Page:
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By David Palmer
St John’s College is set to raise the wages of scouts following a decision made in its governing body at the end of last term.
The JCR passed a motion in 1st Week of Michaelmas 2011 to lobby the college to introduce the Living Wage, which is higher than the National Minimum Wage and is intended to avoid working poverty.
The decision also follows sustained pressure placed on the college management by Oxford’s Living Wage campaign and The Oxford Student.
The colleges new pay scale will see the wages of the lowest paid cleaning scouts hiked by as much as 10.9 percent.
Ex-JCR President of St John’s David Messling said: “The decision was announced in governing body at the end of last term. The outline was a rise in wages to £7.20 for all GNVQ scouts and (I think) £7.09 for non-GNVQ. All retain non-contributory pensions, which when accounted for bring all above LW level. The college is also encouraging all scouts to get the GNVQ qualification.”
Ellie Horrocks, a spokesperson for Oxford’s Living Wage Campaign said: “The Oxford Living Wage Campaign is extremely encouraged by St John’s decision to pay all GNVQ scouts a living wage of £7.20 an hour. This announcement is welcomed after tireless campaigning from John’s students and extensive coverage from The OxStu.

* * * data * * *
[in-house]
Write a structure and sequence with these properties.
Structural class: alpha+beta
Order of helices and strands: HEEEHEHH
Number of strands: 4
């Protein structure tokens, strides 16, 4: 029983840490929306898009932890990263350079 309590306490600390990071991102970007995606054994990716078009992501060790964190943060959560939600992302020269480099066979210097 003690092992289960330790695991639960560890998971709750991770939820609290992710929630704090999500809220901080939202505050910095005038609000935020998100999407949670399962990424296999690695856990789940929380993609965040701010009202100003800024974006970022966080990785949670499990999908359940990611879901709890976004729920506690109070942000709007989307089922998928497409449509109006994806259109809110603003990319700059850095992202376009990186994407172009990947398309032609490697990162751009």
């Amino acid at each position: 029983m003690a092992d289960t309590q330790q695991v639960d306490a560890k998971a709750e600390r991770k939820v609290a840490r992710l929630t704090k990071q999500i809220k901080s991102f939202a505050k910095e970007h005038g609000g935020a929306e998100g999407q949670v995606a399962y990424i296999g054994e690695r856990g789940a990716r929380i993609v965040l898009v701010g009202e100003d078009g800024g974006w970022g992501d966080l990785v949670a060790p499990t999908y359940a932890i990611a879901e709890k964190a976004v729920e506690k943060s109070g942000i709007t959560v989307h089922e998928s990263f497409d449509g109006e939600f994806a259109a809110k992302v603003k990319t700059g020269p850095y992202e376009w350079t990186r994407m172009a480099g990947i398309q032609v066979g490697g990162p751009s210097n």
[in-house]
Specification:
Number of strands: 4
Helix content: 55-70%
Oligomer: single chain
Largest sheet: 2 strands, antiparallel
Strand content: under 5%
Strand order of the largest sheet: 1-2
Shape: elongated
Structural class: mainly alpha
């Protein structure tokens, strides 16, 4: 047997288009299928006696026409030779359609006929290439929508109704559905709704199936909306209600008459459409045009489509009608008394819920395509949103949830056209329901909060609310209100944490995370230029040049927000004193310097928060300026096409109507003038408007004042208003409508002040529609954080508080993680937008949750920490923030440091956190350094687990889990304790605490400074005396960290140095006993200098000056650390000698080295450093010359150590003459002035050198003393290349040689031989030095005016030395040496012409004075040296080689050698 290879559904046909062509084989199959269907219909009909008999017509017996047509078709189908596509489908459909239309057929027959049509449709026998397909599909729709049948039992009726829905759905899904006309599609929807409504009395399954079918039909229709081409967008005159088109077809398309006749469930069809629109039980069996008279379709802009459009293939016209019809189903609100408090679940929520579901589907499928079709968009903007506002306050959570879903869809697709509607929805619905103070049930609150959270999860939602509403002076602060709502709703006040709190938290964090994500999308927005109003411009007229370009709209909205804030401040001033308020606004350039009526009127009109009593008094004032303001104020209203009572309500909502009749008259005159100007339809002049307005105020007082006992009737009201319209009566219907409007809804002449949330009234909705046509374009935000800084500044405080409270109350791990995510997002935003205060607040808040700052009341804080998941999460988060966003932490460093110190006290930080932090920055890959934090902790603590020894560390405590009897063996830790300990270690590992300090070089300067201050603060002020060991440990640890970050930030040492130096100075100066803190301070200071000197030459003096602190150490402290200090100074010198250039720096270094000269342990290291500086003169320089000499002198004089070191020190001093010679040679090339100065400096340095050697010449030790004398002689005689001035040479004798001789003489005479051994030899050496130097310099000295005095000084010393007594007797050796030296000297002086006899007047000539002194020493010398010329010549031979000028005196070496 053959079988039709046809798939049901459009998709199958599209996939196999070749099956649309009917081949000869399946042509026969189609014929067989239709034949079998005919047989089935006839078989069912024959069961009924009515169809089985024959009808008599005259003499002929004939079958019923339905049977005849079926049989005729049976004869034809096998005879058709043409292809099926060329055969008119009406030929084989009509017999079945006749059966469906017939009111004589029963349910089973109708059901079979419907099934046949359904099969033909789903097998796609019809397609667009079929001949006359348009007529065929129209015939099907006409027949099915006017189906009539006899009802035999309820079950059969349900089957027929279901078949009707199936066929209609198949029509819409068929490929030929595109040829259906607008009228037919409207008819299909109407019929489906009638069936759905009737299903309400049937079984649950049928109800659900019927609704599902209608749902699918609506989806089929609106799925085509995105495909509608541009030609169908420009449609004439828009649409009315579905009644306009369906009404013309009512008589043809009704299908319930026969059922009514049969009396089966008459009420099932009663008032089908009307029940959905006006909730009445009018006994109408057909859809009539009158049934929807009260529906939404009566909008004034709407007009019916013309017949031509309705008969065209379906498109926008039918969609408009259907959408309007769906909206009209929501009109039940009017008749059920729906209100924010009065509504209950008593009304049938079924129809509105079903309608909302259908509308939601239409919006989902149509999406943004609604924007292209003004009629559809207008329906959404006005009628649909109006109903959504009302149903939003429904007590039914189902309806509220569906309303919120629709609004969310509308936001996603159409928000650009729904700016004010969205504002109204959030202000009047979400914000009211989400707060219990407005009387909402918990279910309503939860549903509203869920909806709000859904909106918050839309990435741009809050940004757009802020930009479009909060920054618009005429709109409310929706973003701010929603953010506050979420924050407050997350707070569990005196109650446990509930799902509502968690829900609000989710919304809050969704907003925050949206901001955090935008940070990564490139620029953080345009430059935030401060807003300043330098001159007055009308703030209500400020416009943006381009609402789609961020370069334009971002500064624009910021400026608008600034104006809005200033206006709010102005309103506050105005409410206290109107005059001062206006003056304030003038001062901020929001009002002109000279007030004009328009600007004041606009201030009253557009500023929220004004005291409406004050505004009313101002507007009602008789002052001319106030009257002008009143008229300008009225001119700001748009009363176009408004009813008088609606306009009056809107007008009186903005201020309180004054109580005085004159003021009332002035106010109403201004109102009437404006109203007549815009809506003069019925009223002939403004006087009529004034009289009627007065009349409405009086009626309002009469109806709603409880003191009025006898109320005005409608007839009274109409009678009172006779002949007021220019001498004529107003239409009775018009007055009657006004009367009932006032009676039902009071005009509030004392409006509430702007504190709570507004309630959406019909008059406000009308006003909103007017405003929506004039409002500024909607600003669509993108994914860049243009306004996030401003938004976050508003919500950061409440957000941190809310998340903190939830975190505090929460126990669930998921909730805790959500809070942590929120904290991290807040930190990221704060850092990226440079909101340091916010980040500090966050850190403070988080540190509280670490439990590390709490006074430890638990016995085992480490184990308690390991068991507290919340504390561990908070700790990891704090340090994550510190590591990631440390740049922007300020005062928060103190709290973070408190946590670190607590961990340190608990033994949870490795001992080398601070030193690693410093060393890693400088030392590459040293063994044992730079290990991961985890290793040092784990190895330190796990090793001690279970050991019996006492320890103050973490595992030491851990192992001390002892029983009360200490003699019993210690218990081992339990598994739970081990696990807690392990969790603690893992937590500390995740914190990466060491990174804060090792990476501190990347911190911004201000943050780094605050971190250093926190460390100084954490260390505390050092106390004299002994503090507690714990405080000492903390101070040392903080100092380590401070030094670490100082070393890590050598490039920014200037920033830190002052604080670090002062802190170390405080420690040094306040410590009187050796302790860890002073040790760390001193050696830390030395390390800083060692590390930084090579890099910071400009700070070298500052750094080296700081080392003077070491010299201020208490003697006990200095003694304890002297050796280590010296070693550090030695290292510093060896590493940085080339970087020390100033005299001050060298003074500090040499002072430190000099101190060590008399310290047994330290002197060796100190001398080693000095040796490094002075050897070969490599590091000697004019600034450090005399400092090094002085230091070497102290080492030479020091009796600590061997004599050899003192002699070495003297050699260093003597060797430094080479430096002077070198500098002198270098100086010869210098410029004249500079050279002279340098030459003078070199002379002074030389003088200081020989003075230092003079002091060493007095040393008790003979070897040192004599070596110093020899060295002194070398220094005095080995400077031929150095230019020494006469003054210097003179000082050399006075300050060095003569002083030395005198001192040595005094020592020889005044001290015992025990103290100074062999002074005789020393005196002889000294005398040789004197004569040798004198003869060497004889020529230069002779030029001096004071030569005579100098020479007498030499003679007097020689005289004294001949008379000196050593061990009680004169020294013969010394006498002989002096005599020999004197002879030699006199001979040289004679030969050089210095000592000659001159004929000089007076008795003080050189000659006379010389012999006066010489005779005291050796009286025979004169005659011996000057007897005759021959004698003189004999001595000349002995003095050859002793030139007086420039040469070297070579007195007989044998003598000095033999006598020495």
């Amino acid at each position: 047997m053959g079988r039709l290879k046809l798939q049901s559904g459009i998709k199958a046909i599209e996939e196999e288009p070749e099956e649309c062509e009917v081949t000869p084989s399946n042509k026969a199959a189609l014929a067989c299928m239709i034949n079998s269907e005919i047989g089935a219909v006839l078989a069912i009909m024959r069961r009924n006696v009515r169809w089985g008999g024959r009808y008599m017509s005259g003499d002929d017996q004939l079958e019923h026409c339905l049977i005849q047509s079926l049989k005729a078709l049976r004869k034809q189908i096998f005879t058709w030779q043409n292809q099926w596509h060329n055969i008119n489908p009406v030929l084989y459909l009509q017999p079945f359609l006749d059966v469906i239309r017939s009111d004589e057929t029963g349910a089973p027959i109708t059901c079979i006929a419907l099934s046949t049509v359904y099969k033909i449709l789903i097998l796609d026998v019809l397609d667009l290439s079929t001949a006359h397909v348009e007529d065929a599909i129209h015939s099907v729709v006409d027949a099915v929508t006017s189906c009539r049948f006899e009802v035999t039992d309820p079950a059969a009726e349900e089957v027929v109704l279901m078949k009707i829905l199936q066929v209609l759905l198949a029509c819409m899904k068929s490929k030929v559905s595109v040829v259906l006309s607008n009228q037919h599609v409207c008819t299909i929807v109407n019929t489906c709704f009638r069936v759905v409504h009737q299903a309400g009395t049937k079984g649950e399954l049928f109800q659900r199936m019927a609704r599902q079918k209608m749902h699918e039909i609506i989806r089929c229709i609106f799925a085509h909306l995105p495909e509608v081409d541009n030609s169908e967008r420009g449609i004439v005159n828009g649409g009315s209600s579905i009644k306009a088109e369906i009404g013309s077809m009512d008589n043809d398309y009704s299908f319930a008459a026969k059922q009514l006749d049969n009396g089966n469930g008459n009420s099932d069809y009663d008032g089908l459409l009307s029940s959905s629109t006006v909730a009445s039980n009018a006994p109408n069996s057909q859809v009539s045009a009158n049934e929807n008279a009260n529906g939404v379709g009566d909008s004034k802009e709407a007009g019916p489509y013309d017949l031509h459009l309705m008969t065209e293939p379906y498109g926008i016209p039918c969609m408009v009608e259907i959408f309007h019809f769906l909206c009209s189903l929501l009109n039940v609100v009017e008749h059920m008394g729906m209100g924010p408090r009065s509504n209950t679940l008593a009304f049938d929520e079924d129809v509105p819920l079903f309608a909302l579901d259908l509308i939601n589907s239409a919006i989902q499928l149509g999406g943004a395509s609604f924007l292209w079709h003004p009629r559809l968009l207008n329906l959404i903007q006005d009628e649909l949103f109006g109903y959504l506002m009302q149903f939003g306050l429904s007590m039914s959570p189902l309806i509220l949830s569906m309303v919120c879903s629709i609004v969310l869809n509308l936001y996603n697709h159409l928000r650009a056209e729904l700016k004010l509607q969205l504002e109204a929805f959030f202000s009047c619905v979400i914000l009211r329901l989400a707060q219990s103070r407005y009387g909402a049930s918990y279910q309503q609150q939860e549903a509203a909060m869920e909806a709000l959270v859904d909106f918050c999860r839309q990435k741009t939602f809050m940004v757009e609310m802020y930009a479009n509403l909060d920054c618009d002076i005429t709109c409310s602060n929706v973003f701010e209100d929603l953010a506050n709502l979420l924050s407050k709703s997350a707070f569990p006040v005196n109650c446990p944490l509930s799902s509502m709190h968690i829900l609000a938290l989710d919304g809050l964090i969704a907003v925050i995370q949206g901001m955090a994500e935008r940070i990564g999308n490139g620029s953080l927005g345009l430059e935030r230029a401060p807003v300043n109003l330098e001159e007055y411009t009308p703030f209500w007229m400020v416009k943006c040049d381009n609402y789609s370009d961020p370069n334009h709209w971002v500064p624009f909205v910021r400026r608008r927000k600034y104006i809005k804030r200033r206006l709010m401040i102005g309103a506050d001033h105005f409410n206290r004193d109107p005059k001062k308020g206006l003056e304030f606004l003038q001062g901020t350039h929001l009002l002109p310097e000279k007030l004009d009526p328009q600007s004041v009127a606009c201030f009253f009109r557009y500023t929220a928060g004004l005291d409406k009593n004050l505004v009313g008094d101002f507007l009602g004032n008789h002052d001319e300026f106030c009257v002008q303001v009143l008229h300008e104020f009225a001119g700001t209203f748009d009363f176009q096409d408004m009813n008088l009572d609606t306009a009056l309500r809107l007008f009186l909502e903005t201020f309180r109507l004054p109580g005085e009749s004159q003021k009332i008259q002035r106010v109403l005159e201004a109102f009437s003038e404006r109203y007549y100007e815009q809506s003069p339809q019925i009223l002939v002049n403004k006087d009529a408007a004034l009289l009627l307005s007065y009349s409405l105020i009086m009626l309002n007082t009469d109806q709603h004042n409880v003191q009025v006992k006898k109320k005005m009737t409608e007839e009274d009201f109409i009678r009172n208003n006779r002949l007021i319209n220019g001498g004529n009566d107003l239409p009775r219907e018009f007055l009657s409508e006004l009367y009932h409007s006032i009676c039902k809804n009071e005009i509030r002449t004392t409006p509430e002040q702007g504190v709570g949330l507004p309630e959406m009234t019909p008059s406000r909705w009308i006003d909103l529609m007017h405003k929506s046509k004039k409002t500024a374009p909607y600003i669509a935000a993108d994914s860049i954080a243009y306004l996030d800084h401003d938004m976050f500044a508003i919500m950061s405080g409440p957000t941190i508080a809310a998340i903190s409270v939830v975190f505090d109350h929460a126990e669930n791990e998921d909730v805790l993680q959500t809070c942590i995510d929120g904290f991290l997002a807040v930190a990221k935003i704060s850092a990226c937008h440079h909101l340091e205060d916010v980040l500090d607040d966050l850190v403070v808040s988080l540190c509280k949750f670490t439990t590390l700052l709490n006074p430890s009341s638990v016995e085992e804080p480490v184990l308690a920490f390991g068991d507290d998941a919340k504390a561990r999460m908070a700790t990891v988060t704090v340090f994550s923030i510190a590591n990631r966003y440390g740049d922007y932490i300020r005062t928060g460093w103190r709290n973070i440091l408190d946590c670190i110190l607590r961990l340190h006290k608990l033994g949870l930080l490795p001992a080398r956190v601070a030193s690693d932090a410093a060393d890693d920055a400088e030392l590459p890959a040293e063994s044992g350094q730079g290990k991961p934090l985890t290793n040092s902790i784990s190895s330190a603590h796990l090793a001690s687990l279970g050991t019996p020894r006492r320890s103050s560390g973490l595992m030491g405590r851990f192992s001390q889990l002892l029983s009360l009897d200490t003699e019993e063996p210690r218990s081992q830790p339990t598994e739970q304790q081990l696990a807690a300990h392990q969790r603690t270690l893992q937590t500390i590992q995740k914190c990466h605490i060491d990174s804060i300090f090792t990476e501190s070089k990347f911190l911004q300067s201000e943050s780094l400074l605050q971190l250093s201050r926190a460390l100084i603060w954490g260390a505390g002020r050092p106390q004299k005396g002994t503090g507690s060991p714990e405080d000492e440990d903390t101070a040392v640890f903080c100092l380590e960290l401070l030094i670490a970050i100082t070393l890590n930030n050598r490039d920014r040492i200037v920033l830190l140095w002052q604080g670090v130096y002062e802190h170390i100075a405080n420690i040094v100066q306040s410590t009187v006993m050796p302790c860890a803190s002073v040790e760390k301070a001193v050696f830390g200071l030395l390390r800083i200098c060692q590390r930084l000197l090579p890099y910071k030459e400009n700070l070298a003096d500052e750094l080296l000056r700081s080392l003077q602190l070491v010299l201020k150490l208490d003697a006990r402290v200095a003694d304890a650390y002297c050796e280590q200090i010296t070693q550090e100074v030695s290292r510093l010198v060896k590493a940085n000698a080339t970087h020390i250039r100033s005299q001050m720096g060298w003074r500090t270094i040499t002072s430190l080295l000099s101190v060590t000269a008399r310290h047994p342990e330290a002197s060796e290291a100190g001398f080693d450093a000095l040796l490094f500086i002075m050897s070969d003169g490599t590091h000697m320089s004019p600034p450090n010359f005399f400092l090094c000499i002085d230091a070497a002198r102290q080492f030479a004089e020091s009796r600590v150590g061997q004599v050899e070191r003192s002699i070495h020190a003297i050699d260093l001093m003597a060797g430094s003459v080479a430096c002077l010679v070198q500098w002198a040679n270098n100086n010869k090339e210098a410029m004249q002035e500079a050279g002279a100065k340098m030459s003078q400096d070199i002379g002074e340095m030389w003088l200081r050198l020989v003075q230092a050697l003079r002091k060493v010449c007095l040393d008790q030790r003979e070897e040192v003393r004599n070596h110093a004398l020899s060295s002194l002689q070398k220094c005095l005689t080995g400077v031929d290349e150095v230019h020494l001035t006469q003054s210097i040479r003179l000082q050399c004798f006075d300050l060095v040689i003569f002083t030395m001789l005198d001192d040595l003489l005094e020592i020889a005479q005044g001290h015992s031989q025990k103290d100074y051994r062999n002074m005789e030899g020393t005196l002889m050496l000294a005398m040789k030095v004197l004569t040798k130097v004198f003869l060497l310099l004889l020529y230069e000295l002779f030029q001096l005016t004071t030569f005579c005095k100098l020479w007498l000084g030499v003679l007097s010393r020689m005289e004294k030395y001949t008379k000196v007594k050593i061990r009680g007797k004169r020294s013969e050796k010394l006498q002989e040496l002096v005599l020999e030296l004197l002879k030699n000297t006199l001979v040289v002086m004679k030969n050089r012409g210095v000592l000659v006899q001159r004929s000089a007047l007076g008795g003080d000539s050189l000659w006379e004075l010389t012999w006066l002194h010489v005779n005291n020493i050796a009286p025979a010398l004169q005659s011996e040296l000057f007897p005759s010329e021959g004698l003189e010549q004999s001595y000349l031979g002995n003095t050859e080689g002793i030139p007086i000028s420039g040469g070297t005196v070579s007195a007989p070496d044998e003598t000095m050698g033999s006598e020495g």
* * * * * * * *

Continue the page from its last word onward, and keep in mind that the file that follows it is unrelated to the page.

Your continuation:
“Oxford University relies on its cleaning staff to function, yet the majority are not paid a wage which guarantees an adequate standard of living. In a city of extreme income inequality where a quarter of the population is in ‘significant financial hardship’ it is unjust that so many scouts are not paid a wage, which ensures freedom from poverty.
“We will continue to work collaboratively with colleges to secure a fair wage for all Oxford staff. We hope that 2012 will see all colleges follow the example of colleges such as St John’s and Corpus Christi and an end to working poverty at our university.”
One St John’s student said: “It’s about time scouts got paid a half decent wage. To be honest I was pretty disgusted when I read in the OxStu last term that, despite being the richest college St John’s pays one of the lowest wages.”
Prof. Andrew Parker, the bursar of St John’s released a statement saying: “St John’s places a very high value on all of its staff and we are particularly concerned to maintain good working relationships within the College. St John’s regularly reviews all its arrangements for catering and domestic support.”
However, Prof. parker maintained that “To the best of our knowledge, the pay for qualified College cleaning staff has always been in excess of the expectations set by the living wage calculation, after the College’s non-contributory pension and
other benefits have been taken into account.
“Last October, the national minimum wage rose by 2.5% and the College managed to make a pay settlement slightly more generous than this, against a generally difficult economic climate. Like other colleges, St John’s will clearly need to take these changes into account in setting the levels of rents and charges for future years.”